JFL is rife with superlatives. This is, after all, the largest comedy festival in the world. There are only two types of comedians here: the funniest person since Mel Brooks or the worst comic since Andy Kindler. Sarah Silverman, Dane Cook and Whitney Cummings hosted the most anticipated galas. These ostentatious pageants were held at the Place Des Arts, an enormous, six-theater complex in the Quartier des Spectacles. Dave Chappelle performed here as well; selling out 10 shows in two thousand seat spaces. The hoopla of the bigger shows demonstrates wiseacre John Mulaney’s point, “It’s amazing what you can accomplish with ruthless ambition.” On the other end of the spectrum, the low-key solo shows of Todd Glass, Brian Posehn, Tom Popa, Moshe Kasher and Todd Barry highlighted the “Off JFL” program. Smaller venues like L’Astral and the Katacombes offered these comedians intimate spaces to exhibit their material. “I must be bombing,” Andy Kindler joked in one of the smaller rooms, “I just heard someone upstairs move a napkin.”

“Did you know Comedy Central picked up the bill last night?” I overheard someone say in the elevator on day three. “It must’ve been quite a tab!” Her companion quipped, “I think they were relying on the slowness of the bartenders.” And herein lies another trend. Laughter is contagious, yes, but so is joke-making itself. Everybody suddenly becomes Louis CK. Each morning the hotel’s continental breakfast throngs with guests who’ve redefined themselves overnight. “Pass the pepper Gertrude…or I’m gonna be salted!” Ice-fishers from Saskatchewan begin to kvetch like Brooklyn-bred Jewish mothers. Even the cadence of non-comedians’ conversation takes a turn for the bada-bing, bada-boom. It’d be funny if it wasn’t. These people can also be found bringing sand to the beach.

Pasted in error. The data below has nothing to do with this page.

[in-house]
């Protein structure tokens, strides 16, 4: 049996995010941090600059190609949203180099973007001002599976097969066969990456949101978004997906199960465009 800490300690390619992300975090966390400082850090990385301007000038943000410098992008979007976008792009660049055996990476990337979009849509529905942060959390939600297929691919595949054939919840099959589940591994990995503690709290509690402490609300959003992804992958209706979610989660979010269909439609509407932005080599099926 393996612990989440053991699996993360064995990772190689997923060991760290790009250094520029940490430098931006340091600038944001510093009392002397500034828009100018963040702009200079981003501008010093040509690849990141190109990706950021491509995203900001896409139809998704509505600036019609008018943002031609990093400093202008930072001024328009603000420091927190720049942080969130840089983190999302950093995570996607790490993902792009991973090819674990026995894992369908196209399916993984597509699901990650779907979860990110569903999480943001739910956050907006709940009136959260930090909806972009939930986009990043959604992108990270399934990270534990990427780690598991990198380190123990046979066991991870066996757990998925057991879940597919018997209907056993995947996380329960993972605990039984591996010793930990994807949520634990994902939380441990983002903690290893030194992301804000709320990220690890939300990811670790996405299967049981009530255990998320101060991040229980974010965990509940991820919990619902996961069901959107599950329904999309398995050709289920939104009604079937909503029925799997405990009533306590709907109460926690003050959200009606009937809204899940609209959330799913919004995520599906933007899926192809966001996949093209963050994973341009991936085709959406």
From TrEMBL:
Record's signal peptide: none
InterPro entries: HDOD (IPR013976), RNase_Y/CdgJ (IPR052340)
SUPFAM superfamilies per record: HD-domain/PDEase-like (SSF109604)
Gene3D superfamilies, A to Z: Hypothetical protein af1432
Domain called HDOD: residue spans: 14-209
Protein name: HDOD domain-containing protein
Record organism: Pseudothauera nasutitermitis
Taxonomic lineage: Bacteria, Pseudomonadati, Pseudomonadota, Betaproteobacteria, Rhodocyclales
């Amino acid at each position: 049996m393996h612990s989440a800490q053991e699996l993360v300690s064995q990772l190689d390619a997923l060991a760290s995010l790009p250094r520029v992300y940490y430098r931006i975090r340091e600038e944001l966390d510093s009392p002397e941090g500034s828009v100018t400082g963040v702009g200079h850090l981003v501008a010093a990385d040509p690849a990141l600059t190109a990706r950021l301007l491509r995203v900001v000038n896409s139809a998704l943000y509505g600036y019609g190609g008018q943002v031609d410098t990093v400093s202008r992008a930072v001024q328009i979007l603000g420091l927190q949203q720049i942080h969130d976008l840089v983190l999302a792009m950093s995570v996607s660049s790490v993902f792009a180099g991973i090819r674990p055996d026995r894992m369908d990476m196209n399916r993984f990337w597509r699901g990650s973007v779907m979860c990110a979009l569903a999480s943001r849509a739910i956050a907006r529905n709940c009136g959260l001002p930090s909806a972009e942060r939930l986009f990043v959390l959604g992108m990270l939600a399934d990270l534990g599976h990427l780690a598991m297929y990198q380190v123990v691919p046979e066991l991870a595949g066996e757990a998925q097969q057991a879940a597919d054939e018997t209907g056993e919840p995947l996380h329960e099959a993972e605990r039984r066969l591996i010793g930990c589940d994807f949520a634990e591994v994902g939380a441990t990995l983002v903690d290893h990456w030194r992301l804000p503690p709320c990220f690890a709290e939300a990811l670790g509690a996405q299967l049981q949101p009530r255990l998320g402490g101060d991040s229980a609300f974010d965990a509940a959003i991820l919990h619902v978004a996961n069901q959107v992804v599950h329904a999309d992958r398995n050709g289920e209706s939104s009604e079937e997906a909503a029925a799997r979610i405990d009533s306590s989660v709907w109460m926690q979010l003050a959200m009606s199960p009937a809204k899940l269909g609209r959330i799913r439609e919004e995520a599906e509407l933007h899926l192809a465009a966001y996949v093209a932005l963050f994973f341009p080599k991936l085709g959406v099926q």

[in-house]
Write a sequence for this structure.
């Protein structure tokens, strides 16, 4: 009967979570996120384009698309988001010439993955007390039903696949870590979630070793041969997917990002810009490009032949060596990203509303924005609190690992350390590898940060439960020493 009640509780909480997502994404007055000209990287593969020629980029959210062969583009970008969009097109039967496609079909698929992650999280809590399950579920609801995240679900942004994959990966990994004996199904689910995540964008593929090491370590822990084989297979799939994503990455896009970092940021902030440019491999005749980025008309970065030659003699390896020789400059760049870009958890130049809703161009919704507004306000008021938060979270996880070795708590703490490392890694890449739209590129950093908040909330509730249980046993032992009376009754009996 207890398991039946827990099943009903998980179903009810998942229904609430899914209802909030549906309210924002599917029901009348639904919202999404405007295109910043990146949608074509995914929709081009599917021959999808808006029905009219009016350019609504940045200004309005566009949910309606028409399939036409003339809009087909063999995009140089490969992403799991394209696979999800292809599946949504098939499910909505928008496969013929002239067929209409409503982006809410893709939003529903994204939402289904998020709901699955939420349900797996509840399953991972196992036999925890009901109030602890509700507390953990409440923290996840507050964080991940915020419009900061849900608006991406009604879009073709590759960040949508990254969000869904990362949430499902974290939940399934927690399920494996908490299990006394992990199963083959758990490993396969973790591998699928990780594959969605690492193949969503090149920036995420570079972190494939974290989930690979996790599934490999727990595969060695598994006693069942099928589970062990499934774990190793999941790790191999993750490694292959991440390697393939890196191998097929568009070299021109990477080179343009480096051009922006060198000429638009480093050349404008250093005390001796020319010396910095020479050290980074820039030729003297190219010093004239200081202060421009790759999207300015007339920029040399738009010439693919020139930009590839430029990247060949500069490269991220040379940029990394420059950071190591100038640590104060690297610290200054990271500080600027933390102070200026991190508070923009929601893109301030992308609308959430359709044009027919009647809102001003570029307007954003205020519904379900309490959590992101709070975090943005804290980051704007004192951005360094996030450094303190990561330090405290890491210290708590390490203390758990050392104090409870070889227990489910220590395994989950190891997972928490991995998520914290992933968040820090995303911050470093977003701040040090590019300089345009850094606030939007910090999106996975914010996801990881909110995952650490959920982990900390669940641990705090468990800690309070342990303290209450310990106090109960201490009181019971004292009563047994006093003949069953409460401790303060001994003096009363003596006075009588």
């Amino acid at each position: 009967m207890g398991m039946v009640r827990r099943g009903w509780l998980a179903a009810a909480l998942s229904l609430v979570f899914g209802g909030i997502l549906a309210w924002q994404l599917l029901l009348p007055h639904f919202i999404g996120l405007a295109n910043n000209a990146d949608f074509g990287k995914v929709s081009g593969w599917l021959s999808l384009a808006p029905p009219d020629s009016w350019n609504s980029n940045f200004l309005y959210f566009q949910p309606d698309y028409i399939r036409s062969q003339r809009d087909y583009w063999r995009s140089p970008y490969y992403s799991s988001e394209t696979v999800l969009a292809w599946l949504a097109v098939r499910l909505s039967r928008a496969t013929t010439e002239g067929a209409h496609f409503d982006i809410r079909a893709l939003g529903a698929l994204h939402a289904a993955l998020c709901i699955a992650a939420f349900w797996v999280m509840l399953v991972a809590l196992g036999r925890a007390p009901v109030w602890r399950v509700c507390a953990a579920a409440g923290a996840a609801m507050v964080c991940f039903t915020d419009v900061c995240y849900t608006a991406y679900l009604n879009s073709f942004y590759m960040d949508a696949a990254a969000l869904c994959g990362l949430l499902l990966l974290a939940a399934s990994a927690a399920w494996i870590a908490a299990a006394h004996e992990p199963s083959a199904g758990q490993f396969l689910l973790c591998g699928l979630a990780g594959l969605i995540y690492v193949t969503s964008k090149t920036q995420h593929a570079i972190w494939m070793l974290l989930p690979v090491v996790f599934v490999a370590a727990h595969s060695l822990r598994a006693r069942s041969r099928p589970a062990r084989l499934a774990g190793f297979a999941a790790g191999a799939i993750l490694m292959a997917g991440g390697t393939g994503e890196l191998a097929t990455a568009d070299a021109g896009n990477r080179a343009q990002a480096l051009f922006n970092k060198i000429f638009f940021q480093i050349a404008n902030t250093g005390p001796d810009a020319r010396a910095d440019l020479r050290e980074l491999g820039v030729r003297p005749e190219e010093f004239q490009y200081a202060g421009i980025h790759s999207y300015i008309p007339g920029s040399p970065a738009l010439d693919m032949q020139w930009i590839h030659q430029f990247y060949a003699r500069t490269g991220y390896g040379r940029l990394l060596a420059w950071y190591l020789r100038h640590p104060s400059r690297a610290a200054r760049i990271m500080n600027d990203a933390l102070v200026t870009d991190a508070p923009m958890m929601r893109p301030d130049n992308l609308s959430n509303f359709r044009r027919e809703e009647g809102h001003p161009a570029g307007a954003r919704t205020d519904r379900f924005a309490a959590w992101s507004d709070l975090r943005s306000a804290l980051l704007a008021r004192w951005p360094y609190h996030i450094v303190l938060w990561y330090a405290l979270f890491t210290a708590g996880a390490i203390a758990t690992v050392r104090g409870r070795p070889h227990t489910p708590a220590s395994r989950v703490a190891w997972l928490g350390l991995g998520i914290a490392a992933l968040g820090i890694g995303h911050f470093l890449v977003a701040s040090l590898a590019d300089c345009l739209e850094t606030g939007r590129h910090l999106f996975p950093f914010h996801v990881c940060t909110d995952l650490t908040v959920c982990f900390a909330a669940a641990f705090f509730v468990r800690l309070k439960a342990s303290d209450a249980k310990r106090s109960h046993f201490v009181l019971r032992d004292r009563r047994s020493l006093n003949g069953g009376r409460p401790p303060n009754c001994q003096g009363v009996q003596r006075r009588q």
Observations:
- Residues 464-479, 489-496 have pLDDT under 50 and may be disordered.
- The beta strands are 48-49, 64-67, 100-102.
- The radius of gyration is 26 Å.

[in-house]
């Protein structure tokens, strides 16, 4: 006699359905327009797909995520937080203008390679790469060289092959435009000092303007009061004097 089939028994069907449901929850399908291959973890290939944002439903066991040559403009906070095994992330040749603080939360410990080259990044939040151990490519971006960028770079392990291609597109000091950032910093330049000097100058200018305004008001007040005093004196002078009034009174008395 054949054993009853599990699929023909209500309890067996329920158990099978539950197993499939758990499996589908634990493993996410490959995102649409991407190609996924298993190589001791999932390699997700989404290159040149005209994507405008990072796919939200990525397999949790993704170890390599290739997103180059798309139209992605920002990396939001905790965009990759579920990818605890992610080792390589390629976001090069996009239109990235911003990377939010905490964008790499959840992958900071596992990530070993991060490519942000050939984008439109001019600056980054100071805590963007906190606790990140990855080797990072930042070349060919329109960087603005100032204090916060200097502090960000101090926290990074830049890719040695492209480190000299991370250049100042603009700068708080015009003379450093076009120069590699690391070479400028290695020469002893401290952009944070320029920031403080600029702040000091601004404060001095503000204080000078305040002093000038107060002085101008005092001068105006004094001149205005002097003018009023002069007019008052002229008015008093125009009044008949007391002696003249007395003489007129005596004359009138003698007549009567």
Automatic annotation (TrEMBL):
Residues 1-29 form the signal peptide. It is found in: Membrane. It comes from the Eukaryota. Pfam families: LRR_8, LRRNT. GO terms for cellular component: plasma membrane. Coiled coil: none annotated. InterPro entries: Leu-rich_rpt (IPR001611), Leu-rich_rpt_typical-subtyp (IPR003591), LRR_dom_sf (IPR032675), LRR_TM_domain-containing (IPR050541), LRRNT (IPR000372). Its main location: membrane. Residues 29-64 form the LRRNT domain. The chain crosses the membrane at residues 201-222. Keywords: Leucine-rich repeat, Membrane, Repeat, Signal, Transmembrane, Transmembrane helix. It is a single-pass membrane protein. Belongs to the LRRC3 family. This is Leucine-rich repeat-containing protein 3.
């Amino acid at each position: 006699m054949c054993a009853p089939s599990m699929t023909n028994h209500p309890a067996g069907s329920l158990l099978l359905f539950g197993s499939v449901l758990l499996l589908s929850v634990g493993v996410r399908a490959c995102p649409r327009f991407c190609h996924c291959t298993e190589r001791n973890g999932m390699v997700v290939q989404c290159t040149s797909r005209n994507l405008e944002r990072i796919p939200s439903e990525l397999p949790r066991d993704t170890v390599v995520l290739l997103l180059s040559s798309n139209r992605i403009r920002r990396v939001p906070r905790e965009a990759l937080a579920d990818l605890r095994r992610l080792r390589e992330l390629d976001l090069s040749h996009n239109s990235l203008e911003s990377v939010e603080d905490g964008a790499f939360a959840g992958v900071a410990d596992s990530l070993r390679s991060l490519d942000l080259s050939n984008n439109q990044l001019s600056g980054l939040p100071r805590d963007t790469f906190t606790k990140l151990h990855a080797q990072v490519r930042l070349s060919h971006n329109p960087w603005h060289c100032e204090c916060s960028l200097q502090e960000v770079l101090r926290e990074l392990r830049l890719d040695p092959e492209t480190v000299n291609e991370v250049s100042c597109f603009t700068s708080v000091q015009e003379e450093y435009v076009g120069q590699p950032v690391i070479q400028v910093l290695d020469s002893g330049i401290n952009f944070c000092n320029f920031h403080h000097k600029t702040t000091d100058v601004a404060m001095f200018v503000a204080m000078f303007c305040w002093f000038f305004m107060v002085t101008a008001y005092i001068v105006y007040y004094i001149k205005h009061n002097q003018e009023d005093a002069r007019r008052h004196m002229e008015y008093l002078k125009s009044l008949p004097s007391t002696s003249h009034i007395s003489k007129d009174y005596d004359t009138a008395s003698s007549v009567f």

The actual comedians, however, didn’t disappoint. Andy Kindler’s annual State of the Industry speech was, as it has been for two hundred years, a distillation of existential panic and professional angst. Funny too. Adam Carolla took the brunt of Kindler’s rage, followed by Louis CK, whose style Kindler described as “American Gervais.”

Insult comic Jeffrey Ross hosted the Awards Show. The ceremony rewarded Amy Poehler (Best Comedy Person), Michael Cera (Best Short Comedy), Mitch Hurwitz (Comedy Writer of the Year), Edgar Wright (Best Comedy Director) and Nick Kroll (Best Breakout Comic), and a joint award was given to Mark Lonow and Budd Friedman. These legendary founders of the NY Improv joked, “In forty years this is the first standing ovation we’ve ever got!” Mitch Hurwitz ultimately stole the show with his genial charm and quick wit. “Making three minutes of improv takes three minutes,” he says while eyeballing Amy Poehler, “Three minutes of scripted comedy can take weeks…especially if you don’t feel like doing it.” The day prior Hurwitz and Netflix’s Ted Sarandos discussed their production deal that revived “Arrested Development.” When asked if fans could expect more AD, Hurwitz replied, “Definitely.”

Fans with manic attendance policies noticed the festival’s self-reflective inner dialogue. A joke from one podcast would snowball and be retold in another. On Maron’s WTF podcast, comedian Eddie Izzard explained his preoccupation with writing “universal jokes” that don’t rely on “specific cultural allusions.” He’s currently studying German for this very reason. Germany, after all, is known for its love of comedy. “He’s going to do his show in German,” Andy Kindler croaked, “I don’t like it in English. Maybe I’ll like it in German? Pree…Tentious!”